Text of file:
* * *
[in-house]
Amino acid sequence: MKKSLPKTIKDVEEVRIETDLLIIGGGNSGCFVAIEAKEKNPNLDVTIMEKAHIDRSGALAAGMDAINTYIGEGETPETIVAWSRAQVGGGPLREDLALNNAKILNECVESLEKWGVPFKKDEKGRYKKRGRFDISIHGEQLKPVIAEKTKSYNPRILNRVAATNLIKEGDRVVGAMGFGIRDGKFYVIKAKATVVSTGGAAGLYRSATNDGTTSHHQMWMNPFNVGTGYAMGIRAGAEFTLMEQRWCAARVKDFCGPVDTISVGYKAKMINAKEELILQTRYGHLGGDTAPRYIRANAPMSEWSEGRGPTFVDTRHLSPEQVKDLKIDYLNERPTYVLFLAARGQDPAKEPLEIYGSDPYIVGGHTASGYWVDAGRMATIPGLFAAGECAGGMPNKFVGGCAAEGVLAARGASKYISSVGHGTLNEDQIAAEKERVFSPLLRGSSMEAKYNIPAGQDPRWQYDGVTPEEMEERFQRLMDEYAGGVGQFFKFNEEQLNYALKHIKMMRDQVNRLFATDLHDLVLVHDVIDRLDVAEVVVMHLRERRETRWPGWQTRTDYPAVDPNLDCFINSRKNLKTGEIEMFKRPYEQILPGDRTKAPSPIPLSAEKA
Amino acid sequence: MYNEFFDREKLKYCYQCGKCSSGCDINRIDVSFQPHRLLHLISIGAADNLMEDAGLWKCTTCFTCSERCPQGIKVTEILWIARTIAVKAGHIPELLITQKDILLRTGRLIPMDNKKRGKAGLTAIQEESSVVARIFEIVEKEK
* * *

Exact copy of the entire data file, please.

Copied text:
[in-house]
Amino acid sequence: MKKSLPKTIKDVEEVRIETDLLIIGGGNSGCFVAIEAKEKNPNLDVTIMEKAHIDRSGALAAGMDAINTYIGEGETPETIVAWSRAQVGGGPLREDLALNNAKILNECVESLEKWGVPFKKDEKGRYKKRGRFDISIHGEQLKPVIAEKTKSYNPRILNRVAATNLIKEGDRVVGAMGFGIRDGKFYVIKAKATVVSTGGAAGLYRSATNDGTTSHHQMWMNPFNVGTGYAMGIRAGAEFTLMEQRWCAARVKDFCGPVDTISVGYKAKMINAKEELILQTRYGHLGGDTAPRYIRANAPMSEWSEGRGPTFVDTRHLSPEQVKDLKIDYLNERPTYVLFLAARGQDPAKEPLEIYGSDPYIVGGHTASGYWVDAGRMATIPGLFAAGECAGGMPNKFVGGCAAEGVLAARGASKYISSVGHGTLNEDQIAAEKERVFSPLLRGSSMEAKYNIPAGQDPRWQYDGVTPEEMEERFQRLMDEYAGGVGQFFKFNEEQLNYALKHIKMMRDQVNRLFATDLHDLVLVHDVIDRLDVAEVVVMHLRERRETRWPGWQTRTDYPAVDPNLDCFINSRKNLKTGEIEMFKRPYEQILPGDRTKAPSPIPLSAEKA
Amino acid sequence: MYNEFFDREKLKYCYQCGKCSSGCDINRIDVSFQPHRLLHLISIGAADNLMEDAGLWKCTTCFTCSERCPQGIKVTEILWIARTIAVKAGHIPELLITQKDILLRTGRLIPMDNKKRGKAGLTAIQEESSVVARIFEIVEKEK